Dangers of uninhibited technological advancement and social Darwinism


The Massacre of Mankind: Sequel to The War of the Worlds by Stephen Baxter, Crown Publishers, US $27.00, Pp 496, August 2017, ISBN 978-1524760120

G. Wells is the creator of two of the most revolutionary ideas in the science fiction; time travel and alien invasion of the Earth. These two ideas were presented in The Time Machine and The War of the Worlds respectively. Wells’ The War of the Worlds, first published in 1897, has been one of the most popular works of science fiction. Some of its adaptations such as the historic Orson Welles radio drama, the classic 1953 film adaption, the 2005 Steven Spielberg and Tom Cruise blockbuster, became as popular as the original.

Stephen Baxter’s The Massacre of Mankind is the first authorized sequel to The War of the Worlds planned to coincide with its publication’s 120th anniversary. It captures the spirit of the original novel with a complete new saga and takes the idea to the next. The Massacre of Mankind takes up the story fourteen years after the first Martian invasion of England in early twentieth century. Although people still watch the sky, they are confident that they can now defeat the Martians. Humans have learned a lot from the abandoned capsules and war-machines and achieved huge technological successes. They also know that the Martians are vulnerable to earthly germs. The armies of the Earth are ready to face the next Marian attack.

However, there is one person who can foresee the coming catastrophe. He is Walter Jenkins, the narrator of The War of the Worlds. Only he knows that the Martians have learned from their past mistakes and will be coming well-prepared next time. Jenkins is the brother-in-law of journalist Julie Elphinstone. Julie Elphinstone receives a disturbing call from Jenkins who warns of grave news from the sky. She decides to travel to England to know the truth behind his mysterious message. Days later, Martians land in England with their devastating war machinery and unleash violence, which spills all over the world. Julie struggles to survive the war, report and plan to save humanity from total destruction.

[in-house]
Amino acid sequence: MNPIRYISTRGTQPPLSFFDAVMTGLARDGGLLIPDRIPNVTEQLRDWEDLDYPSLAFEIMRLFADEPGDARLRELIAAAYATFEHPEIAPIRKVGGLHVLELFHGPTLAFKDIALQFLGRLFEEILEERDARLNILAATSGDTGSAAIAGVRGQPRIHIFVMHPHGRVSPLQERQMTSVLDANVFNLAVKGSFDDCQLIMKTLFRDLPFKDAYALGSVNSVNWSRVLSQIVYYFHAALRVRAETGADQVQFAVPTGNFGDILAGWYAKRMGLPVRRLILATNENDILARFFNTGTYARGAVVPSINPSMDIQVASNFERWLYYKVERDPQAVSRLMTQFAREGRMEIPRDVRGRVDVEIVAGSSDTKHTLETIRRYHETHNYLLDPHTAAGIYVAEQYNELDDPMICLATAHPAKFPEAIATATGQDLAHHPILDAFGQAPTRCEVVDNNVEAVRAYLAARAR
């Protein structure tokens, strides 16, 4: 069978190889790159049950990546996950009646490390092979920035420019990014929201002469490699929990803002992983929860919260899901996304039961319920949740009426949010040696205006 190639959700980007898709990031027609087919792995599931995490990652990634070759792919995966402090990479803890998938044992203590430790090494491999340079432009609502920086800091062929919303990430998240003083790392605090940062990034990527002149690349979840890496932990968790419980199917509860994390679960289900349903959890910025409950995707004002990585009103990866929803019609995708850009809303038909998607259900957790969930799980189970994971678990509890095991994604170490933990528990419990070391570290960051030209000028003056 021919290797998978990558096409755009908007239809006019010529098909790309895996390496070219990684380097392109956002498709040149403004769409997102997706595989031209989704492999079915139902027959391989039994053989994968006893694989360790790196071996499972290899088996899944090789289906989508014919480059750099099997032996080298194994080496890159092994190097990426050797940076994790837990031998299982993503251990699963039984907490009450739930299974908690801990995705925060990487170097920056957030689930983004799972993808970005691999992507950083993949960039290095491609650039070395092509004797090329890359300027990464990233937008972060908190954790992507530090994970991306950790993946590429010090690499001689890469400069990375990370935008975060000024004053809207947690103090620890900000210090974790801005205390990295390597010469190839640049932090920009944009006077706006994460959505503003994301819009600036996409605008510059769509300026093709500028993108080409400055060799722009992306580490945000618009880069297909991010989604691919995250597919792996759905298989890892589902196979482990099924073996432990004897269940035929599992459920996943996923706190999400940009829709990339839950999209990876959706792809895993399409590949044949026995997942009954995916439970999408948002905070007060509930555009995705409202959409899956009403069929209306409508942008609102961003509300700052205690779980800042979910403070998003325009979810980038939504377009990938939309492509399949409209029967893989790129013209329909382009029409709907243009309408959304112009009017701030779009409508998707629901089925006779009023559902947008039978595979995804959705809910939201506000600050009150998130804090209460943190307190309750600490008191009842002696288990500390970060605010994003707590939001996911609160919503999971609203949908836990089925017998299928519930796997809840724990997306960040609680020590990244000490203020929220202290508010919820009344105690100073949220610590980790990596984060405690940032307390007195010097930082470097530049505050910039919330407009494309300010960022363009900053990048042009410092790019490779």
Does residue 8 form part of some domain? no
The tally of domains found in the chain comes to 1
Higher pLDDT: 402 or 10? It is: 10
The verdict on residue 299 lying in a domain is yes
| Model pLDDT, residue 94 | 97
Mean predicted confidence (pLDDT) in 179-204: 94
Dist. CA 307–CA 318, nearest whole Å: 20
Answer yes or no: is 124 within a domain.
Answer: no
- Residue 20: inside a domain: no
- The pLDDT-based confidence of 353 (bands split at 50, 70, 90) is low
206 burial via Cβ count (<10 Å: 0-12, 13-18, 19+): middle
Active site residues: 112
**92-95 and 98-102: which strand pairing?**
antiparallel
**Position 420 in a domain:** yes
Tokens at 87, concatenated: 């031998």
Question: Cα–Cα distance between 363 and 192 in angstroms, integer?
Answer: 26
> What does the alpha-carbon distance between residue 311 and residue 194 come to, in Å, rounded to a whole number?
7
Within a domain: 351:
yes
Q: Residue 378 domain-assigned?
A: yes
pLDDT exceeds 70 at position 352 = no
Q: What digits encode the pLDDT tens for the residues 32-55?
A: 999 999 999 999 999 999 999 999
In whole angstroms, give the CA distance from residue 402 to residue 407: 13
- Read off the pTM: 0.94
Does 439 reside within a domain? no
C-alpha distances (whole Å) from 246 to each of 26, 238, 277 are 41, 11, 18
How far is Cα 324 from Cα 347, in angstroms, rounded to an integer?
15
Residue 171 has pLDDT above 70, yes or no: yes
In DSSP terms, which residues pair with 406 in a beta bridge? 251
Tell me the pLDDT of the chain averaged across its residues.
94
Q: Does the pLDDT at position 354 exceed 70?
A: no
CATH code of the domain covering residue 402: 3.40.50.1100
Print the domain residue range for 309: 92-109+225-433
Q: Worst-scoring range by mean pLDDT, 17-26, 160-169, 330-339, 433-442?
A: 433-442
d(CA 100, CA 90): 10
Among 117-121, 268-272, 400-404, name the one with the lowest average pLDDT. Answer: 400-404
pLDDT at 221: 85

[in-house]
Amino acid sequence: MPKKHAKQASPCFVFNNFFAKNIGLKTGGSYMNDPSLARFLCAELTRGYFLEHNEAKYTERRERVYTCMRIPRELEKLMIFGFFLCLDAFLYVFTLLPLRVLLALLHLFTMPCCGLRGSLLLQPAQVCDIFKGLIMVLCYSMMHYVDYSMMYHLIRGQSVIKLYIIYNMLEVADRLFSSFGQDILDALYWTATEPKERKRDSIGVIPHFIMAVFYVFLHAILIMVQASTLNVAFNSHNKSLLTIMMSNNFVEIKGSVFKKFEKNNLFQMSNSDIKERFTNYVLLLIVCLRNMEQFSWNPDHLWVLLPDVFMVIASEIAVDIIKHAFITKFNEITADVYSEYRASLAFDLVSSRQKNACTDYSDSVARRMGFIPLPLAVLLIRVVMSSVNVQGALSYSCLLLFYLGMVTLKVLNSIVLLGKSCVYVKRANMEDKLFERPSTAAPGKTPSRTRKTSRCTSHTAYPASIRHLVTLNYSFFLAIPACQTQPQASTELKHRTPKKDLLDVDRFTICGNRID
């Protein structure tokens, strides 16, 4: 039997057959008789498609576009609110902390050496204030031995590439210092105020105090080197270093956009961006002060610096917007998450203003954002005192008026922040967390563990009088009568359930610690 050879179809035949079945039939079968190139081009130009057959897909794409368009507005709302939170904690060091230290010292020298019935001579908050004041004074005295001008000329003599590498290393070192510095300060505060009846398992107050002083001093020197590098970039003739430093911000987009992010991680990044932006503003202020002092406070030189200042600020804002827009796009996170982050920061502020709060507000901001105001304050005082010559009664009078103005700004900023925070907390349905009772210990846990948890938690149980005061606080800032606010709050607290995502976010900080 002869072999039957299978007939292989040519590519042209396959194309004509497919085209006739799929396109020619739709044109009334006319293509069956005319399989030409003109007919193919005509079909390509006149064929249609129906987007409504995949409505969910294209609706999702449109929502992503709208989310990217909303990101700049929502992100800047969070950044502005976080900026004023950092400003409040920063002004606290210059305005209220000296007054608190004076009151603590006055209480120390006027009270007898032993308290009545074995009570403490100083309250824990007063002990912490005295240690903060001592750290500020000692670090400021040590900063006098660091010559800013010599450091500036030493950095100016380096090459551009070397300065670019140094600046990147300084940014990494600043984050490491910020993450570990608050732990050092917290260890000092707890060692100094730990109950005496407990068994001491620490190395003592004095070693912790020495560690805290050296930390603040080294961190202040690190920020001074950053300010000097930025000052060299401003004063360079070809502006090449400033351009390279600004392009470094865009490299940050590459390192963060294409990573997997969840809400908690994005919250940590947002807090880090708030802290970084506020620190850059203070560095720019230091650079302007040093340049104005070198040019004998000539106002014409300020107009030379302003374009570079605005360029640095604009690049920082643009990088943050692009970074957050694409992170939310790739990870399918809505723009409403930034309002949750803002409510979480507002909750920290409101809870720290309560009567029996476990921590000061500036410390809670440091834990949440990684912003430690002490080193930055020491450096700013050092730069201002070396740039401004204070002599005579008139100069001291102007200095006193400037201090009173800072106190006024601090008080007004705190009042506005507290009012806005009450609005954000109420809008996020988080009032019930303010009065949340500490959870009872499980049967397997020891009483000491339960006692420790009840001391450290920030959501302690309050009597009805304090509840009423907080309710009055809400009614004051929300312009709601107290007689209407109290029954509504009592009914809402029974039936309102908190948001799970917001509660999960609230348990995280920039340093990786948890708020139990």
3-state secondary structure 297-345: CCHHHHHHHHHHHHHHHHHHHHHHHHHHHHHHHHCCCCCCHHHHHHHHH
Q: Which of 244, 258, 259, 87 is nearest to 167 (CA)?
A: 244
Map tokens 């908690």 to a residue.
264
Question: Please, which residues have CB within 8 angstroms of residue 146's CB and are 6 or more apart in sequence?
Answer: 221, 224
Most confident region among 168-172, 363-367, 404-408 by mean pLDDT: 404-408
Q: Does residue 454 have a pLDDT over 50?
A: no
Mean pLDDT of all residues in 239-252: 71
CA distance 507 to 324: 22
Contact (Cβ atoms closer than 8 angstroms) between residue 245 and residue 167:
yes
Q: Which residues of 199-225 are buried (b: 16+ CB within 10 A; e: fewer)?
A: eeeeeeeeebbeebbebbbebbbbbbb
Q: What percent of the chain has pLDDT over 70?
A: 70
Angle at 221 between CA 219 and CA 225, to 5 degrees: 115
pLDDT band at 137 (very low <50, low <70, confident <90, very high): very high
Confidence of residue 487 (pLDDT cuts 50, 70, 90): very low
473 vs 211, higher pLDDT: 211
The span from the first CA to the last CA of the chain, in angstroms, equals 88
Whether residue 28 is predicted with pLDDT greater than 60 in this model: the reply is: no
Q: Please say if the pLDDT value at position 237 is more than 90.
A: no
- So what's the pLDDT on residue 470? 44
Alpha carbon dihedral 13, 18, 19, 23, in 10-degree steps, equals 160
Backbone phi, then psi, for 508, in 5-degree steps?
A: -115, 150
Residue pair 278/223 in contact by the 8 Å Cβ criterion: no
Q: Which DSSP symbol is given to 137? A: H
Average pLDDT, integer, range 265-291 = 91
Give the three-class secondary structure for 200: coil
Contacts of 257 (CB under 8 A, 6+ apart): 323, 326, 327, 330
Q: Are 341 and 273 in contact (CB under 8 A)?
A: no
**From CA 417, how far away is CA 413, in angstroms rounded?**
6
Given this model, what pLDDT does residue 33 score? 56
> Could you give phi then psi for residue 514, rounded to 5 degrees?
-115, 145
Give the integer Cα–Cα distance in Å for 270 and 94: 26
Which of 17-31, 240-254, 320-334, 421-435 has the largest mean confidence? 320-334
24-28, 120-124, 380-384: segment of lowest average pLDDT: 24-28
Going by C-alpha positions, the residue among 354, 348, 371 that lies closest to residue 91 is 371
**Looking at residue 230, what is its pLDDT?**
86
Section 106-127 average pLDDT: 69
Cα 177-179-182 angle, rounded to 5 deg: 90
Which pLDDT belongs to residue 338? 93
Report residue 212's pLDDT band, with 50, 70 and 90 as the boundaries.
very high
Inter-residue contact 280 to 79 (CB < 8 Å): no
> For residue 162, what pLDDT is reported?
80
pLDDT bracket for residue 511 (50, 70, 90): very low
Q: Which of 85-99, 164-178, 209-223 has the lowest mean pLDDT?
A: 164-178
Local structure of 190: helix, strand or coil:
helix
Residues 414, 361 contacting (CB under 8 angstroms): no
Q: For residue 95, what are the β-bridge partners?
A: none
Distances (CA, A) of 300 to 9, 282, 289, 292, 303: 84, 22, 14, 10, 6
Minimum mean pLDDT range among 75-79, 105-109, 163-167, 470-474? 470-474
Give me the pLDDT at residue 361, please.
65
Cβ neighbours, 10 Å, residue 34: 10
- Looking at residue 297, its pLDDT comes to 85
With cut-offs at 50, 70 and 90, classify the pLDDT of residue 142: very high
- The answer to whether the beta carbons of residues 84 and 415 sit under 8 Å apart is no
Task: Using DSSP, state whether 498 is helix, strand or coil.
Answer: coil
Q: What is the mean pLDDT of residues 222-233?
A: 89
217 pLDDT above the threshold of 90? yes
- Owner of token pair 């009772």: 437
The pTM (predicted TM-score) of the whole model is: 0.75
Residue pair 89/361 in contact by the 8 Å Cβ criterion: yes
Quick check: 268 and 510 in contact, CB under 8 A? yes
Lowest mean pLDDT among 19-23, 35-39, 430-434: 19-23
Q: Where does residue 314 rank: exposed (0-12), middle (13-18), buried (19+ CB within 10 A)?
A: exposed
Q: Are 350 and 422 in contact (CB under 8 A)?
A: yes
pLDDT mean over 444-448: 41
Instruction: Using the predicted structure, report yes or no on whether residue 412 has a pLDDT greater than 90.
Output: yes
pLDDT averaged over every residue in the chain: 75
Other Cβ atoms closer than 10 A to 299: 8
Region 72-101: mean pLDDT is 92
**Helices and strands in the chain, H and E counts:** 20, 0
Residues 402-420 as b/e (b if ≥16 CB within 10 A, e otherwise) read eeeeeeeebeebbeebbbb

Wells is thought to be the father of the Dystopian genre. Wells wanted us to look at the current human society through the prism of his science fiction. He wanted us to see the dangers of uninhibited technological advancement and social Darwinism and warned the world with the help of The War of the Worlds. The Martians wanted to conquer the people on Planet Earth because life on Mars was collapsing because of climate change. Wells wrote, “Before we judge of them too harshly, we must remember what ruthless and utter destruction our own species has wrought.” Like Wells, Baxter has also embedded warnings in the subtexts of the book. The setting is the world in which Germany and the Central Powers were not totally defeated in World War I. Their slow rise is ignored. The Englishmen fighting the Martians are also fighting Germans. The first and second wars between the English people and Martians should remind us WWI and WWII.

Stephen Baxter is the true reincarnation of H. G. Wells as The Massacre of Mankind is that of The War of the Worlds. If H. G. Wells comes to life and wants to write a sequel, it wouldn’t be much different. It is provocative and thoughtful and disturbing at the same time. The Massacre of Mankind is the finest science fiction as it contains warnings of real dangers for us.

Stephen Baxter is one of the United Kingdom’s most acclaimed writers of science fiction. His many books include the Long Earth novels (written with Terry Pratchett), the Time’s Odyssey novels (written with Arthur C. Clarke), the epic, far-future novels Proxima and Ultima, and Time Ships, a sequel to H. G. Wells’s The Time Machine. He is a recipient of the Locus Award, the Philip K Dick Award, The British Science Fiction Award, and the John W. Campbell Award. He has been nominated numerous times for the Clarke and Hugo Awards. He lives in Northumberland, UK.